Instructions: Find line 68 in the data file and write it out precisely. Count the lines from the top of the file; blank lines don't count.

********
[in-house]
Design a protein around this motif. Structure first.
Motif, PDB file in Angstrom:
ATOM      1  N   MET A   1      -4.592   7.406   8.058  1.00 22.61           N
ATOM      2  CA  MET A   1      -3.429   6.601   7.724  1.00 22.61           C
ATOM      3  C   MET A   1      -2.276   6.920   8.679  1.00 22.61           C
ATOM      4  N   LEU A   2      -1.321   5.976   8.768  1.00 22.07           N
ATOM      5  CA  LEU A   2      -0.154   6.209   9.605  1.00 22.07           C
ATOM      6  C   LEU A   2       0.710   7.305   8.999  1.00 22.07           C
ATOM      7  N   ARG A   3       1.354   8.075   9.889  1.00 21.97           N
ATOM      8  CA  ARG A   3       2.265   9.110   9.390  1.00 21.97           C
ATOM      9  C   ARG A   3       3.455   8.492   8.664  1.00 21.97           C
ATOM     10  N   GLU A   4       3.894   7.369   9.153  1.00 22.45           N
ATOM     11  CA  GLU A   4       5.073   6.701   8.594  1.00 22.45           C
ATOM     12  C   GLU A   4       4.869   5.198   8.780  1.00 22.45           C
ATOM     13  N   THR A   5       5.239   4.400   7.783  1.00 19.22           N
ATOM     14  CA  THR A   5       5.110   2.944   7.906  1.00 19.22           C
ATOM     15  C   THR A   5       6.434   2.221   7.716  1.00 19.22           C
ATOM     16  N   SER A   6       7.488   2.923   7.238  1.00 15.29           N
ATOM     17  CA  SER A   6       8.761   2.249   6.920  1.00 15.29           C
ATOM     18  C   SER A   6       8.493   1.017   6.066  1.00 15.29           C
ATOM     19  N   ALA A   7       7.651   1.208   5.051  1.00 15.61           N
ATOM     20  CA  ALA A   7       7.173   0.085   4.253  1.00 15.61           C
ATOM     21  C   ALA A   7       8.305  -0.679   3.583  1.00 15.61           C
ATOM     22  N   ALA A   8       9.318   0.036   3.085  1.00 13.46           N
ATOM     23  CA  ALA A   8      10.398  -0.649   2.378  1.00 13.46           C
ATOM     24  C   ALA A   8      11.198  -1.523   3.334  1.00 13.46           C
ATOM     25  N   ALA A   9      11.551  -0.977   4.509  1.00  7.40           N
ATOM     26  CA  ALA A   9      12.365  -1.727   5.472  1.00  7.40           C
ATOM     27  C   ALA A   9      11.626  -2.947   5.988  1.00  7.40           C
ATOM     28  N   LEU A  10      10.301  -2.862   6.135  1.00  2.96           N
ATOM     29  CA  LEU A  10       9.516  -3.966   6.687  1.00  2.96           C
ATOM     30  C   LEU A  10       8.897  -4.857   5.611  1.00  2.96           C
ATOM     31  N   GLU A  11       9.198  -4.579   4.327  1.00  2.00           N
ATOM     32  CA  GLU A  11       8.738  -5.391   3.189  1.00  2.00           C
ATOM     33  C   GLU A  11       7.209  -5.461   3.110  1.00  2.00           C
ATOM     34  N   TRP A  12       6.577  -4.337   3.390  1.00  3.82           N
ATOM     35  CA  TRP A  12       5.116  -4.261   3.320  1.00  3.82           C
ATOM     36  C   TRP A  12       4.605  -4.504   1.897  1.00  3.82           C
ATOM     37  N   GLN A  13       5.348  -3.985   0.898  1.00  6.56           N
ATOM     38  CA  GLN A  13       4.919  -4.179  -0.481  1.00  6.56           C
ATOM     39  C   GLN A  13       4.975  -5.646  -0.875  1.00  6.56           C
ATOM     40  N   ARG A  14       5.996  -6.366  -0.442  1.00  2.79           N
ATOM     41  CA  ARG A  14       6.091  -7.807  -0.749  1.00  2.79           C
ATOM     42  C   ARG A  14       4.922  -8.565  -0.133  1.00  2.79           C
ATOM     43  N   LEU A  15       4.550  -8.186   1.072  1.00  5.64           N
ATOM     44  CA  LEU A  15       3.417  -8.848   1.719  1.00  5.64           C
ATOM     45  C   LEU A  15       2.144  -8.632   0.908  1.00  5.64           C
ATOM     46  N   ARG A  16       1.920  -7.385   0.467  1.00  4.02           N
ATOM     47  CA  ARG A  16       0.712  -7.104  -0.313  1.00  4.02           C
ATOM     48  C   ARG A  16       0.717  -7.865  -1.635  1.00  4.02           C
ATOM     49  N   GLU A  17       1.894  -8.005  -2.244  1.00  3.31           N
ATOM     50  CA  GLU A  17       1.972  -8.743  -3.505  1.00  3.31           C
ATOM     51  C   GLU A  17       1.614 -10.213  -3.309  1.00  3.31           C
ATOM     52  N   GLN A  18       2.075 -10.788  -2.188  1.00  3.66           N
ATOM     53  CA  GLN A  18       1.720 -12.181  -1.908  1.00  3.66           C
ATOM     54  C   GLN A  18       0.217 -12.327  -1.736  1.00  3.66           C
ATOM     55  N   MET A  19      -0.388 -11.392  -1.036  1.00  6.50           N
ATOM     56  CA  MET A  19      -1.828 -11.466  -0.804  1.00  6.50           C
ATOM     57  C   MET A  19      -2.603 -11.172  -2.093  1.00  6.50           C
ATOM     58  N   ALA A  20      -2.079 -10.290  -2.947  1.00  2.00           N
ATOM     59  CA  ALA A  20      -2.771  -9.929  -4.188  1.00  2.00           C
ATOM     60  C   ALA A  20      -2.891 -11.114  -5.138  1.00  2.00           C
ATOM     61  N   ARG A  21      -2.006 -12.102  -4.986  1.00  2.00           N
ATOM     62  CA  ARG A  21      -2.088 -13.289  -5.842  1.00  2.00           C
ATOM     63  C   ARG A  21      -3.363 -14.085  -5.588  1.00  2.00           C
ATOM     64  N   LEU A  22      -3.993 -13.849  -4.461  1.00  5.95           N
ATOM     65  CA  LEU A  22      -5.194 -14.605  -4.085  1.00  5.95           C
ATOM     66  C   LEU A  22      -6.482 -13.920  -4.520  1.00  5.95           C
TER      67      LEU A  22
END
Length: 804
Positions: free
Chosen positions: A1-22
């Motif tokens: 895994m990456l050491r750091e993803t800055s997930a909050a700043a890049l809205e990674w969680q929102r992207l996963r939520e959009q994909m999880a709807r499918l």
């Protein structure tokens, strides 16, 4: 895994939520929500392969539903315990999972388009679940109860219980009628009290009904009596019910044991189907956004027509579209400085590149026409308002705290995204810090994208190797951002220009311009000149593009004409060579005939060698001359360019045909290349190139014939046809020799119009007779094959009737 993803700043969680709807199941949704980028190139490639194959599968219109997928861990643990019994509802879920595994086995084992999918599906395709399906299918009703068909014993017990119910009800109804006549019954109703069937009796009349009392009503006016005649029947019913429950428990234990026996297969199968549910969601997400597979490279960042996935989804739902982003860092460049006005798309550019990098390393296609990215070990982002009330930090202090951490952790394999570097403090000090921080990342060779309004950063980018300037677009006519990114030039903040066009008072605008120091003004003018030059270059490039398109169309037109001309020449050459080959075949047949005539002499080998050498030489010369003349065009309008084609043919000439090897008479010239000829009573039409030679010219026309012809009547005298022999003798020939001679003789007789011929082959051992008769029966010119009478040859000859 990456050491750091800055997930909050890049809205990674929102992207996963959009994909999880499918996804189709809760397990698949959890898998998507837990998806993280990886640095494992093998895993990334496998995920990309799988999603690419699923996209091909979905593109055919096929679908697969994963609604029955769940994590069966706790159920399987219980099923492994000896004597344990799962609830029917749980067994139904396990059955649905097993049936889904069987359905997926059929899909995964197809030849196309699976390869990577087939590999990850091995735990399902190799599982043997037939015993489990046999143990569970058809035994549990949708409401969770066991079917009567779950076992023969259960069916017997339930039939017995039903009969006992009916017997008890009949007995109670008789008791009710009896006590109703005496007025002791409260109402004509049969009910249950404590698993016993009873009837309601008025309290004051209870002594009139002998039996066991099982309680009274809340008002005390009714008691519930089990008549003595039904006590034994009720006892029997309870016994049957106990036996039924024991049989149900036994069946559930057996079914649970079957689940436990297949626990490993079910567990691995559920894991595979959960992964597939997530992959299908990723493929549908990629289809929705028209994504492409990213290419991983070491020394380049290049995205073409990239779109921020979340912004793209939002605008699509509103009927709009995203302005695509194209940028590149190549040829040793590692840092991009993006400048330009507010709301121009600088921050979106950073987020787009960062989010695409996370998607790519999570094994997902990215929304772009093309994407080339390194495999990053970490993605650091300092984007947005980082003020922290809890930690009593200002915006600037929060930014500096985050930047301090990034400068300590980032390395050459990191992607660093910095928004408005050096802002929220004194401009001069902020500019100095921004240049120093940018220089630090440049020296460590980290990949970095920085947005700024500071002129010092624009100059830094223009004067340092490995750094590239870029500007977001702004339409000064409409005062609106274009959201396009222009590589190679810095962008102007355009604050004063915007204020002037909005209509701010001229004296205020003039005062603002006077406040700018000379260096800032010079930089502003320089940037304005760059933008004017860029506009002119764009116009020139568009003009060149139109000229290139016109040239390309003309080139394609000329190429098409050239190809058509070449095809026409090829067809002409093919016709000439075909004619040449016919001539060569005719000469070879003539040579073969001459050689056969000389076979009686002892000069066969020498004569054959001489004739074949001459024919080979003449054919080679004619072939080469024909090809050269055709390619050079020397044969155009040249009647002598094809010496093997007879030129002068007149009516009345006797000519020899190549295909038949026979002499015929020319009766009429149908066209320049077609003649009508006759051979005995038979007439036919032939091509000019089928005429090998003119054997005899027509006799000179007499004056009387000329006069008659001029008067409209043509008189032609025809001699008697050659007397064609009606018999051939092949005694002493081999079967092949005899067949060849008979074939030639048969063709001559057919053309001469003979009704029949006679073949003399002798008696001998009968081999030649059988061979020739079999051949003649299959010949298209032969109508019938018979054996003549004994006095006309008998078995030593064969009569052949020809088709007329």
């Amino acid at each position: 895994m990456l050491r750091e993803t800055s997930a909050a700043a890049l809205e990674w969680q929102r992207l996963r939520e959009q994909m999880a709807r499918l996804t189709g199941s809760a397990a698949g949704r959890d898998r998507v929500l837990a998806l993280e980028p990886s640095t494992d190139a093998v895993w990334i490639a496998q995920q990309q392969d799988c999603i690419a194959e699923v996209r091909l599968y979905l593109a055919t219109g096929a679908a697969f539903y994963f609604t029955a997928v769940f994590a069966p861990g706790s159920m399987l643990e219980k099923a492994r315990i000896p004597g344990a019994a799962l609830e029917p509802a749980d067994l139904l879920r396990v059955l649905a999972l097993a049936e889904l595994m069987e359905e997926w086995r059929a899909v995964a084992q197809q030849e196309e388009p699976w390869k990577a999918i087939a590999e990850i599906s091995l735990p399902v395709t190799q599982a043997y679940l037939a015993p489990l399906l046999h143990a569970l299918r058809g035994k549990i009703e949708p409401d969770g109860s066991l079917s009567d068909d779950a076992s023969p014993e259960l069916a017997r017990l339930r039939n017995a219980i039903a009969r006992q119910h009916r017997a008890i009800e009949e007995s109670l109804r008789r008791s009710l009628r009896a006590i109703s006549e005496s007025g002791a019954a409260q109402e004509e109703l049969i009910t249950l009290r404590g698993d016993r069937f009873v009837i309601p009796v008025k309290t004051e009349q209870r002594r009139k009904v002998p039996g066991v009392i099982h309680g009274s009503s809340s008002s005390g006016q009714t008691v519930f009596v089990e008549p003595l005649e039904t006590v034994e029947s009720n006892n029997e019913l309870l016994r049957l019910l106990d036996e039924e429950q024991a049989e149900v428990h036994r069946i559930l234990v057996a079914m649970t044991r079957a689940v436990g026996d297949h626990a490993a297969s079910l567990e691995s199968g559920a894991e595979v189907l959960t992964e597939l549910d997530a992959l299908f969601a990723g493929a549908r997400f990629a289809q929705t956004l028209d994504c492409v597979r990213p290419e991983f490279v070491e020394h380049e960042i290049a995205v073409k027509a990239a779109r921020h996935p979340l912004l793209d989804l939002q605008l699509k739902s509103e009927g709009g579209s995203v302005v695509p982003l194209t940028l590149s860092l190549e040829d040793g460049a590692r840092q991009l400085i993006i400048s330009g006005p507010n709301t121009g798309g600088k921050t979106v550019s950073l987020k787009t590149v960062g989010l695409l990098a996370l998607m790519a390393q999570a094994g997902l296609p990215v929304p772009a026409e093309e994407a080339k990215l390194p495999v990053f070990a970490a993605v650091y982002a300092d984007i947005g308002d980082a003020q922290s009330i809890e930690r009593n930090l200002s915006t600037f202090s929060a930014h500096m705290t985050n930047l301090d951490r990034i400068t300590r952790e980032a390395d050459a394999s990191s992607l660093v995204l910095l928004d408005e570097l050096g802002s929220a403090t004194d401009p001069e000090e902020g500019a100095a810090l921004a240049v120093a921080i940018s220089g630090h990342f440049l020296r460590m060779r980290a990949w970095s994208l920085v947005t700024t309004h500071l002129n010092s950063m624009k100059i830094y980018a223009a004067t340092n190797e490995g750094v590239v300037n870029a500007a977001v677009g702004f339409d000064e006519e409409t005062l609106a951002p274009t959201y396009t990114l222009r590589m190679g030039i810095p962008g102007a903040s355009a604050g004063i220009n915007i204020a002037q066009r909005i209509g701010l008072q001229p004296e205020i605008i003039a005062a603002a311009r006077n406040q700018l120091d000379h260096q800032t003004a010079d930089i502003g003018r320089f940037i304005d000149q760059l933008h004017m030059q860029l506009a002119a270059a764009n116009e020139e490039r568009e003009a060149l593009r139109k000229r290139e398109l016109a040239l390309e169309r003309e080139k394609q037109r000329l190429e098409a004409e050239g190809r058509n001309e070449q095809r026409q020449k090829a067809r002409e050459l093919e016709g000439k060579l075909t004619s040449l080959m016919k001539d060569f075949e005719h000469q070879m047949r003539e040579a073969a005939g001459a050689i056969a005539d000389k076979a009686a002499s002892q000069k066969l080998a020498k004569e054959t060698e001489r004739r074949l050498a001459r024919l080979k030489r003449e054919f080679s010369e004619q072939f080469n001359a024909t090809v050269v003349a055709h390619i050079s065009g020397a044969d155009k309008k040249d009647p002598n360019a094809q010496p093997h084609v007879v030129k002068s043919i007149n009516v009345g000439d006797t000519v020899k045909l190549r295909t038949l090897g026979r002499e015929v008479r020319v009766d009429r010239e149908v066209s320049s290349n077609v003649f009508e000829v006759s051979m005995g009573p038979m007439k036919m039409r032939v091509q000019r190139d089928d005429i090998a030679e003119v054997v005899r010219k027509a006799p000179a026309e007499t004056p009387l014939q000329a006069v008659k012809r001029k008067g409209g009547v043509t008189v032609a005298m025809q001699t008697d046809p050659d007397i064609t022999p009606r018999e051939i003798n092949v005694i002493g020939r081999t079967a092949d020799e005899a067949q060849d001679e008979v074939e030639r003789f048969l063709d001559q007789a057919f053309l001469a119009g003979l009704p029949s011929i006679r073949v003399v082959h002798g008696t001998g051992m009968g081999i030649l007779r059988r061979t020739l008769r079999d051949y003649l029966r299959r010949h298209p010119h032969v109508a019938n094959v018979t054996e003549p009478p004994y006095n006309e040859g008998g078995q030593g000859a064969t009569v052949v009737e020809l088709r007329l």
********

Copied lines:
ATOM     65  CA  LEU A  22      -5.194 -14.605  -4.085  1.00  5.95           C